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By The Cynical Tendency
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Vanity Is Catching

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Watching the new production of “Vanity Fair” and hoping the screening is enjoyable, so far so good. I am not too worried about how precisely it is taken from the book, this itself was something from Thackeray’s imagination. Or was it?

The dating of the original is 1847 and 1848. We will have some idea of the history of the times and the society and politics. What is striking is that the book is apparently so detached from all this. But it was not a “popular” one in terms of our own times.

It is a book written to sell well, Thackeray needed the money as much as any scribbler of his times did. Also, it had to appeal to a readership. But this was an age when very many were not able to read and some of those who could might not afford the cost of buying much in print.

This limited him to the upper and middle classes and this was a book about those who were not at the top, but the many strivers and hopefuls among those who sought status and wanted to join them, or at least enjoy their same living standards.

They, the later generations and we could only guess at how far his characters are imaginary or if not, who might be the people that his takes for them, give or take changes of names, the reality or ensuring that they could not be identified too easily, up to a point.

This was a period when changes of surnames could and did happen to a greater extent than we could imagine. A practice that has become the dread and curse of family historians and genealogists of the present. It was either to get a step up in social recognition or required of a family settlement, or will, or marriage.

One feature of the book is that Rebecca Sharp, “Becky”, who has fluent French is anxious to remind people that while she may be of lower class he mother had Montmorency forebears. The Dukes of such had been at the peak of society in royalist France. But trawling about the web I found the item below.

Major Hervey Randall Saville Pratt de Montmorency was born in September 1782. He was the son of Reverend Joseph Pratt and the Hon. Sarah Morres and died on 20 September 1859. He was born a Pratt but on 27 September 1831 added the de Montmorency by Royal License on succeeding to the estates of his mother’s family. He held the office of Deputy Lieutenant and lived at Castle Morres, Aghaviller, County Kilkenny, Ireland.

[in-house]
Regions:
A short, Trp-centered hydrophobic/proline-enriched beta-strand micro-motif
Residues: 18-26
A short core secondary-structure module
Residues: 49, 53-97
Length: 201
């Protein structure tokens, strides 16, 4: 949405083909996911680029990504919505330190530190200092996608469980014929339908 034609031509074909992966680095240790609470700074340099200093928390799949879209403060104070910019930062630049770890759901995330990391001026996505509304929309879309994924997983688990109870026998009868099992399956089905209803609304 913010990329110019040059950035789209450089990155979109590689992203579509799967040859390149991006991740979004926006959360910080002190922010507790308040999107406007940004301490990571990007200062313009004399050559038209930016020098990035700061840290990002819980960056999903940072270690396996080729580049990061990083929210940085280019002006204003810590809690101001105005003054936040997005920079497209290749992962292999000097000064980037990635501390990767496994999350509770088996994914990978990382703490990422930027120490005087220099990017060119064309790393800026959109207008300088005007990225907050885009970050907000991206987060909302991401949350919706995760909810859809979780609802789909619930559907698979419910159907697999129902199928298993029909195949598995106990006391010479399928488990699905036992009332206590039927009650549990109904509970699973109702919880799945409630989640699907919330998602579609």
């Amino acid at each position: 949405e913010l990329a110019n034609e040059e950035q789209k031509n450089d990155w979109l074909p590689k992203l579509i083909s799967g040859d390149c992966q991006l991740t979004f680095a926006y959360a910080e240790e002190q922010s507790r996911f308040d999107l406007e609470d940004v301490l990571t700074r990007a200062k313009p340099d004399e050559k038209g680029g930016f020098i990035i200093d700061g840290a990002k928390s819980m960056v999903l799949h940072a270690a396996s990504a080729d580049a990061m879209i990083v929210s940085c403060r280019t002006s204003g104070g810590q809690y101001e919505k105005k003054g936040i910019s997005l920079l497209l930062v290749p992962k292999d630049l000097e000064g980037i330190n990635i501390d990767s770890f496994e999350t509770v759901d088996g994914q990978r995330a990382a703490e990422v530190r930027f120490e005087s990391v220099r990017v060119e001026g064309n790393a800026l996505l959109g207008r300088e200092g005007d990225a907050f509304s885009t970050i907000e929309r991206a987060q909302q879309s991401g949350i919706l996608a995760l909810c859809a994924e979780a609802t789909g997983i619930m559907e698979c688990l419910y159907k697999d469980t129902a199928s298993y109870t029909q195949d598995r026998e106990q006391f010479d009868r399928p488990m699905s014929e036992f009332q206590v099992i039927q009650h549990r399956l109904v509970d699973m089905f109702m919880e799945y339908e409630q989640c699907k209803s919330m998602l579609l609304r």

Another of the surnames can be considered. There is the George Osborn son of the grasping financier John Osborn. In the late 1840′s there was an M.P. in Parliament for Tipperary named Ralph Bernal Osborn, see Wikipedia, a Merchant Banker, who during the Irish Famine firmly believed it was right and proper to evict tenants.

The surnames of Dobbin, Crawley and others can be found among the lesser Irish Gentry who had a reputation for seeking moneyed marriage to preserve or improve their status. Sedley is more complicated but there is a solicitors clerk in The City and Thackeray was a barrister.

This could become complicated as you wander into the forest of connections and who knew who etc. and try to find The One. All I can suggest is that Thackeray picked out names from here and there with no particular plot or meaning as so many writers would do.

For example from the world of Thackeray you might start with the Duke of Wellington, who was closely acquainted with Queen Victoria who held him in high respect. The daughter of an clergyman and sister to one of the old hands from his days in India was placed at Court and become one of the beauties of her time.

The clergyman had a large family from his two marriages the eldest of whom married a Liverpool merchant. Another married well and a daughter became Countess of Antrim, a McDonnell of McDonnell whose granddaughter married John Bowes Lyon who had a sister, Elizabeth, later Queen.

In the present day I wonder if some of the Liverpool McDonnell’s are either related to or connected to people whose names appear in Vanity Fair?


Source: http://thecynicaltendency.blogspot.com/2018/09/vanity-is-catching.html
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